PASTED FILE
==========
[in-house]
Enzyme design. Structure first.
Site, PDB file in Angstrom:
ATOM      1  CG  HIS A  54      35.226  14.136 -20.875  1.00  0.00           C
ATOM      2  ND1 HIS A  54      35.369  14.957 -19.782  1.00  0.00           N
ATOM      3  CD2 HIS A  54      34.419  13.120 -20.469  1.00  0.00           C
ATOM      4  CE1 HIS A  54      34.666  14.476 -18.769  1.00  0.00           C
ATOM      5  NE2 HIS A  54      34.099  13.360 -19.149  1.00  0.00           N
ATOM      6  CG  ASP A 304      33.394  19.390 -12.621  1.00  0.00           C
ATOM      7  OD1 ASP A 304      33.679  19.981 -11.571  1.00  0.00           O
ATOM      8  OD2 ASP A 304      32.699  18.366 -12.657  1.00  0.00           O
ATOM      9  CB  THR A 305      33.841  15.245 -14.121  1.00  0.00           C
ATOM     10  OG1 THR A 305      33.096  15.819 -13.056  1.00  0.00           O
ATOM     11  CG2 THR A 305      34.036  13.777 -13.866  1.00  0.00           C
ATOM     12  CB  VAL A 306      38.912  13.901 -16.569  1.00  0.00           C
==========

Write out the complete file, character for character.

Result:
[in-house]
Enzyme design. Structure first.
Site, PDB file in Angstrom:
ATOM      1  CG  HIS A  54      35.226  14.136 -20.875  1.00  0.00           C
ATOM      2  ND1 HIS A  54      35.369  14.957 -19.782  1.00  0.00           N
ATOM      3  CD2 HIS A  54      34.419  13.120 -20.469  1.00  0.00           C
ATOM      4  CE1 HIS A  54      34.666  14.476 -18.769  1.00  0.00           C
ATOM      5  NE2 HIS A  54      34.099  13.360 -19.149  1.00  0.00           N
ATOM      6  CG  ASP A 304      33.394  19.390 -12.621  1.00  0.00           C
ATOM      7  OD1 ASP A 304      33.679  19.981 -11.571  1.00  0.00           O
ATOM      8  OD2 ASP A 304      32.699  18.366 -12.657  1.00  0.00           O
ATOM      9  CB  THR A 305      33.841  15.245 -14.121  1.00  0.00           C
ATOM     10  OG1 THR A 305      33.096  15.819 -13.056  1.00  0.00           O
ATOM     11  CG2 THR A 305      34.036  13.777 -13.866  1.00  0.00           C
ATOM     12  CB  VAL A 306      38.912  13.901 -16.569  1.00  0.00           C